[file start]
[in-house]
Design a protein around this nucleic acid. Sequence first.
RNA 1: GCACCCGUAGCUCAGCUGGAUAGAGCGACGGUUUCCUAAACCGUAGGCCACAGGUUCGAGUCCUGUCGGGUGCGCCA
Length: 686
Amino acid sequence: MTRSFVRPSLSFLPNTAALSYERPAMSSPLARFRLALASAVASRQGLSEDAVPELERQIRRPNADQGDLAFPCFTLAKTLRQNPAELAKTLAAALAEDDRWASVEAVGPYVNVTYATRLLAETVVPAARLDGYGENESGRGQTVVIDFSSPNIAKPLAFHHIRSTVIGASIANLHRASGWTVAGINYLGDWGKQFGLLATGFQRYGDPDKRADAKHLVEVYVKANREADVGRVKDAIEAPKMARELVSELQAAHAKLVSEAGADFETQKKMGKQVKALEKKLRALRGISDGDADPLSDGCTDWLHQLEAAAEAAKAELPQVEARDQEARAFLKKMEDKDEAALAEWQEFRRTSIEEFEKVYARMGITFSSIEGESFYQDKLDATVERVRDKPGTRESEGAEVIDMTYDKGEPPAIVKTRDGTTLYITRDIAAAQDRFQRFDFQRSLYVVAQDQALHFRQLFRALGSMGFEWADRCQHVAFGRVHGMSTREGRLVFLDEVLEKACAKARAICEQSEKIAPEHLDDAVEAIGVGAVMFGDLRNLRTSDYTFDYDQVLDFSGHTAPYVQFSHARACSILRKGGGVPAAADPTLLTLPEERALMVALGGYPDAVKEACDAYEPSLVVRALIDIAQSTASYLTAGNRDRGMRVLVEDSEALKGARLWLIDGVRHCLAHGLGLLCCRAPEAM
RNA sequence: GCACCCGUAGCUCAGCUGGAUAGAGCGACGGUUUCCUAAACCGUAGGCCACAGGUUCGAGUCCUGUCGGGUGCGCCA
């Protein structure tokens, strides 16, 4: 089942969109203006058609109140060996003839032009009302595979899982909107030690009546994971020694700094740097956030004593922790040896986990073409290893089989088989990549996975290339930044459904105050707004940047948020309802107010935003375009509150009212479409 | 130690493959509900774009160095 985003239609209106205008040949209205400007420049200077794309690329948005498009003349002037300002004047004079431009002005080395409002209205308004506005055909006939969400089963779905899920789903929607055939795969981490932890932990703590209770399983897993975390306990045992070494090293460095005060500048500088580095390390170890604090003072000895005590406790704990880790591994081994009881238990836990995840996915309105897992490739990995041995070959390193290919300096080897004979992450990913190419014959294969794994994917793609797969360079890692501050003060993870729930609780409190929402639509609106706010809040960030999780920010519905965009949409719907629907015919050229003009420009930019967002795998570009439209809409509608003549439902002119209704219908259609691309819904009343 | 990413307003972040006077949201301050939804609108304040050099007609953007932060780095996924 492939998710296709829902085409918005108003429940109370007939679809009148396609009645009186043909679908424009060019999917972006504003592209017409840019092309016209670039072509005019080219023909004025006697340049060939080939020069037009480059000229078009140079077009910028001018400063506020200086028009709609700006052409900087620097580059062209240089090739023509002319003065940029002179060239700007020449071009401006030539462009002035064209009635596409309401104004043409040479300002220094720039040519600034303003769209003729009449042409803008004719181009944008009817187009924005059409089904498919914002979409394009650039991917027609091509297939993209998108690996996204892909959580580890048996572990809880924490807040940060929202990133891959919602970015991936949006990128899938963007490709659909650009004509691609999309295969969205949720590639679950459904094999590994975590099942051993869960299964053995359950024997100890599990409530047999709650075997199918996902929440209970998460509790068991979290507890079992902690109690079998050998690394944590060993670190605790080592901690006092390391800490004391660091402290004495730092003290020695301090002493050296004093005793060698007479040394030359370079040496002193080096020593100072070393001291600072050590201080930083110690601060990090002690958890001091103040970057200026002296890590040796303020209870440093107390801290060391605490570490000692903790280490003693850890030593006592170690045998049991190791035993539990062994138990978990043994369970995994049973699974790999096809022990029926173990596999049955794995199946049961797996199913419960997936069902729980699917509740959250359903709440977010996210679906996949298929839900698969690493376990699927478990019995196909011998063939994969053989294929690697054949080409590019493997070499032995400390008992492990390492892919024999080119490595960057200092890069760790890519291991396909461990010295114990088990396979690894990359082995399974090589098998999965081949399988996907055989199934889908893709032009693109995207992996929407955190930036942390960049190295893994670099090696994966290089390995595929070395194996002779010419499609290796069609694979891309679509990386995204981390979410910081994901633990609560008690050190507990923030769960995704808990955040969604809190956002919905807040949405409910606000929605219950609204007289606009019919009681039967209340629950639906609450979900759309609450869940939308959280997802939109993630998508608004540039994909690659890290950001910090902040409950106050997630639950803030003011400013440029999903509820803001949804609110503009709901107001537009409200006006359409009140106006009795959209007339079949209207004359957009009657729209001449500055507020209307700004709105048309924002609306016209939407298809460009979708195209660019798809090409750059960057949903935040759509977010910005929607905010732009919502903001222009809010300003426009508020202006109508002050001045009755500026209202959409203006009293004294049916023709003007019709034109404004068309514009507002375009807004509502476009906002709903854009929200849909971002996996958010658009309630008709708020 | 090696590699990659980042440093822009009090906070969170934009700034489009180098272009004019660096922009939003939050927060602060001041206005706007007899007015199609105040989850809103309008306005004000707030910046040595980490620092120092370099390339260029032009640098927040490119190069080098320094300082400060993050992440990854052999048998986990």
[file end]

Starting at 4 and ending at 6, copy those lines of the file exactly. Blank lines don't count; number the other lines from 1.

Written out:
Length: 686
Amino acid sequence: MTRSFVRPSLSFLPNTAALSYERPAMSSPLARFRLALASAVASRQGLSEDAVPELERQIRRPNADQGDLAFPCFTLAKTLRQNPAELAKTLAAALAEDDRWASVEAVGPYVNVTYATRLLAETVVPAARLDGYGENESGRGQTVVIDFSSPNIAKPLAFHHIRSTVIGASIANLHRASGWTVAGINYLGDWGKQFGLLATGFQRYGDPDKRADAKHLVEVYVKANREADVGRVKDAIEAPKMARELVSELQAAHAKLVSEAGADFETQKKMGKQVKALEKKLRALRGISDGDADPLSDGCTDWLHQLEAAAEAAKAELPQVEARDQEARAFLKKMEDKDEAALAEWQEFRRTSIEEFEKVYARMGITFSSIEGESFYQDKLDATVERVRDKPGTRESEGAEVIDMTYDKGEPPAIVKTRDGTTLYITRDIAAAQDRFQRFDFQRSLYVVAQDQALHFRQLFRALGSMGFEWADRCQHVAFGRVHGMSTREGRLVFLDEVLEKACAKARAICEQSEKIAPEHLDDAVEAIGVGAVMFGDLRNLRTSDYTFDYDQVLDFSGHTAPYVQFSHARACSILRKGGGVPAAADPTLLTLPEERALMVALGGYPDAVKEACDAYEPSLVVRALIDIAQSTASYLTAGNRDRGMRVLVEDSEALKGARLWLIDGVRHCLAHGLGLLCCRAPEAM
RNA sequence: GCACCCGUAGCUCAGCUGGAUAGAGCGACGGUUUCCUAAACCGUAGGCCACAGGUUCGAGUCCUGUCGGGUGCGCCA